July 30, 2018 (MONTPELIER, VT)– Conservation Law Foundation (CLF) presented oral arguments in Vermont Superior Court today, challenging permits issued by Vermont’s Agency of Natural Resources that allow towns to increase phosphorus pollution into Lake Champlain. Last October, CLF filed its lawsuit claiming that nine permits for wastewater treatment facilities are in violation of the Clean Water Act because they authorize dramatic increases in phosphorus pollution when the U.S. Environmental Protection Agency (EPA) calls for a decrease in pollution. CLF is challenging the permits that were issued in Alburgh, Montpelier, South Burlington, St. Albans, Williamstown, Hinesburg, and Shelburne.
“Vermont cannot be a champion of conservation when state authorities are giving towns the green light to dump more toxic pollution into Lake Champlain,” said Elena Mihaly, Staff Attorney, Conservation Law Foundation. “Lake Champlain is a natural treasure and economic driver for Vermont and it is the agency’s obligation to protect our waters. Granting permits that will increase pollution flowing into this iconic lake is irresponsible, reckless, and unlawful.”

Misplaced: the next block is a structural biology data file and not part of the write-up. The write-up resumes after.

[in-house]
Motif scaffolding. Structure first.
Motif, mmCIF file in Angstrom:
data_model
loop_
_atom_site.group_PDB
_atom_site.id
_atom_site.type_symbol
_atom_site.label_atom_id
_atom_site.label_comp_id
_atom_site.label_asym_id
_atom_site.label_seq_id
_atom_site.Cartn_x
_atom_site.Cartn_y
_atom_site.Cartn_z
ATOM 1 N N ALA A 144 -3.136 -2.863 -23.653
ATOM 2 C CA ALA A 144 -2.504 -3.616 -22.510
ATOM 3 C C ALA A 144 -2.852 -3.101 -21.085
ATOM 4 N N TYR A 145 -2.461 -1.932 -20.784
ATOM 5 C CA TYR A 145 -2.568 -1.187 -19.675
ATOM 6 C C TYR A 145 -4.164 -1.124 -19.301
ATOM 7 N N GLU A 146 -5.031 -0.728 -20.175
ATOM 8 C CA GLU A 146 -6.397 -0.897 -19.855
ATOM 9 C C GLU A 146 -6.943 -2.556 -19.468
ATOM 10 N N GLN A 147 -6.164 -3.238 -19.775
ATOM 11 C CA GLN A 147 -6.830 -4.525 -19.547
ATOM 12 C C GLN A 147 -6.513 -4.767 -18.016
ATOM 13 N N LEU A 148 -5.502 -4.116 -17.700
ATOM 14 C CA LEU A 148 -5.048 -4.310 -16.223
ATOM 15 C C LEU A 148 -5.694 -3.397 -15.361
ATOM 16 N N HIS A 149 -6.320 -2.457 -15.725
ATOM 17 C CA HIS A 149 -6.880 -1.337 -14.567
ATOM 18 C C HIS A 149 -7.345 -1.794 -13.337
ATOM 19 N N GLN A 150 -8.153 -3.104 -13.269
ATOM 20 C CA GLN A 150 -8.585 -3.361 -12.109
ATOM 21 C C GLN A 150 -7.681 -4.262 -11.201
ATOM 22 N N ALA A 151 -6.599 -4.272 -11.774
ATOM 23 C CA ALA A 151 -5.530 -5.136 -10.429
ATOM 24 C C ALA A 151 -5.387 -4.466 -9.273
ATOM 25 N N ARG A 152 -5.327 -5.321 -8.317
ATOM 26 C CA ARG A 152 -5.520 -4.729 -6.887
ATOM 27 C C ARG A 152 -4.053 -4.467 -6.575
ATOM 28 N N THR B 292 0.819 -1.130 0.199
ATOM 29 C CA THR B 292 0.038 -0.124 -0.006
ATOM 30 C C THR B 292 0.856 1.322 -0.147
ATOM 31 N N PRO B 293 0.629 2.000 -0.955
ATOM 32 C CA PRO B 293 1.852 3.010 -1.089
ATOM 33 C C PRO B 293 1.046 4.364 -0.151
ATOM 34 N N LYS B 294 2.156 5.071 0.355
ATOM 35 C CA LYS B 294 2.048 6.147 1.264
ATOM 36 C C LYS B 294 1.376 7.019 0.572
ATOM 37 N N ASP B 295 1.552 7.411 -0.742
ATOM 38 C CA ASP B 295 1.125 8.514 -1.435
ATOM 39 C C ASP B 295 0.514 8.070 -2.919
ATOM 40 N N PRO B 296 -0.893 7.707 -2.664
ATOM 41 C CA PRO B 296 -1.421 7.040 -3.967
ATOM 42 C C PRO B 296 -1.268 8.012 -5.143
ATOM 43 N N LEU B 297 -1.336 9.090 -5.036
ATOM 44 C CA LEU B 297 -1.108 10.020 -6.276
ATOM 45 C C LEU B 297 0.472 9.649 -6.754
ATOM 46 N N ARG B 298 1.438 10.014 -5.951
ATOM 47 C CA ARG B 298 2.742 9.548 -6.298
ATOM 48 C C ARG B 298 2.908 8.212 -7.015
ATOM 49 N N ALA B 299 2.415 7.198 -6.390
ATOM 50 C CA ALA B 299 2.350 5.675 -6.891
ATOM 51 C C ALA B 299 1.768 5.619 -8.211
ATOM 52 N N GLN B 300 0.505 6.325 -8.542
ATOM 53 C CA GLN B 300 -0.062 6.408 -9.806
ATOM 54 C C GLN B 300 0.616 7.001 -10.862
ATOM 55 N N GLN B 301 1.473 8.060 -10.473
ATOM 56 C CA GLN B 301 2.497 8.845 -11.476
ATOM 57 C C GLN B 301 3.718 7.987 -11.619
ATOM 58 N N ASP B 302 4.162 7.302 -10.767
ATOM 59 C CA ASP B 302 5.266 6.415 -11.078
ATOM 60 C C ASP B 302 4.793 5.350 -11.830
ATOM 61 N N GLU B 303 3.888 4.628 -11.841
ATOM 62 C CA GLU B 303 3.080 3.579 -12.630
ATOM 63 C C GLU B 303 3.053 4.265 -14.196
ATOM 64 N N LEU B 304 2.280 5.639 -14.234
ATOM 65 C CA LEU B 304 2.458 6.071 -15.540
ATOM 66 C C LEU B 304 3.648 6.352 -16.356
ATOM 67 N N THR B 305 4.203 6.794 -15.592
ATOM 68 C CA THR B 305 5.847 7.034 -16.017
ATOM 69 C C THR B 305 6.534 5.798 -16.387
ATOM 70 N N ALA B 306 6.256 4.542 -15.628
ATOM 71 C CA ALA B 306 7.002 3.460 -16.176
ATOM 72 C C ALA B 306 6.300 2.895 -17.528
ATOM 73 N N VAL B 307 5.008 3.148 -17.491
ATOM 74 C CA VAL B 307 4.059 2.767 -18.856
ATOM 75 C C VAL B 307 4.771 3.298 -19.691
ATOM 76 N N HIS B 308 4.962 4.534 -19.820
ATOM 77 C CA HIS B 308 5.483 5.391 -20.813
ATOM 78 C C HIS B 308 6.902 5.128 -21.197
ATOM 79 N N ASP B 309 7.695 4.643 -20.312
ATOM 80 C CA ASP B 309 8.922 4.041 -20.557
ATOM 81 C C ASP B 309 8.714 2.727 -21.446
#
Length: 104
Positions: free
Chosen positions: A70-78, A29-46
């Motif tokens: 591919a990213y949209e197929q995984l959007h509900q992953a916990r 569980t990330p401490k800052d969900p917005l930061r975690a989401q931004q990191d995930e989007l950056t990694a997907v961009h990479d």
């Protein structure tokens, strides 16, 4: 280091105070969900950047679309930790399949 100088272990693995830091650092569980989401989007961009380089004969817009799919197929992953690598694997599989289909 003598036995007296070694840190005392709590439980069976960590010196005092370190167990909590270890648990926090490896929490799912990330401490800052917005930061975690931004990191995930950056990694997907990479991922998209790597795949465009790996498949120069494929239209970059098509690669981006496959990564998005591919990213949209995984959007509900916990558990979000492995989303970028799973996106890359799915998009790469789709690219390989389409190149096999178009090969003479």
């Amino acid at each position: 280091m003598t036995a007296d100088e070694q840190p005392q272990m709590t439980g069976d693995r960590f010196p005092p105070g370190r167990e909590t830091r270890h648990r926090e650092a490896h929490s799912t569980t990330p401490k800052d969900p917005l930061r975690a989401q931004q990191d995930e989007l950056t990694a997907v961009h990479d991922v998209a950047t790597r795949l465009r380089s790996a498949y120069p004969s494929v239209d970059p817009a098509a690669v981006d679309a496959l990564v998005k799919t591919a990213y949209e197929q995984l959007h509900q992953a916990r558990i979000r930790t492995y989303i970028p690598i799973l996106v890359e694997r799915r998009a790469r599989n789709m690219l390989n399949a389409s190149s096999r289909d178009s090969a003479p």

Lake Champlain is already overloaded with phosphorus, which causes toxic algae that have led to increases in beach closures. The State of Vermont developed a plan to reduce phosphorus pollution as the health of the lake began to deteriorate. CLF challenged these permits because they put the Lake at further risk, and they are inconsistent with the State’s clean-up plan and federal law. For more details read CLF’s blog, CLF Sues Vermont Agency for Letting Towns Dump More Pollution into Lake Champlain. Since this blog was published, CLF challenged five additional permits.
Copy of CLF’s statement of questions is available here.
CLF experts are available for further comment.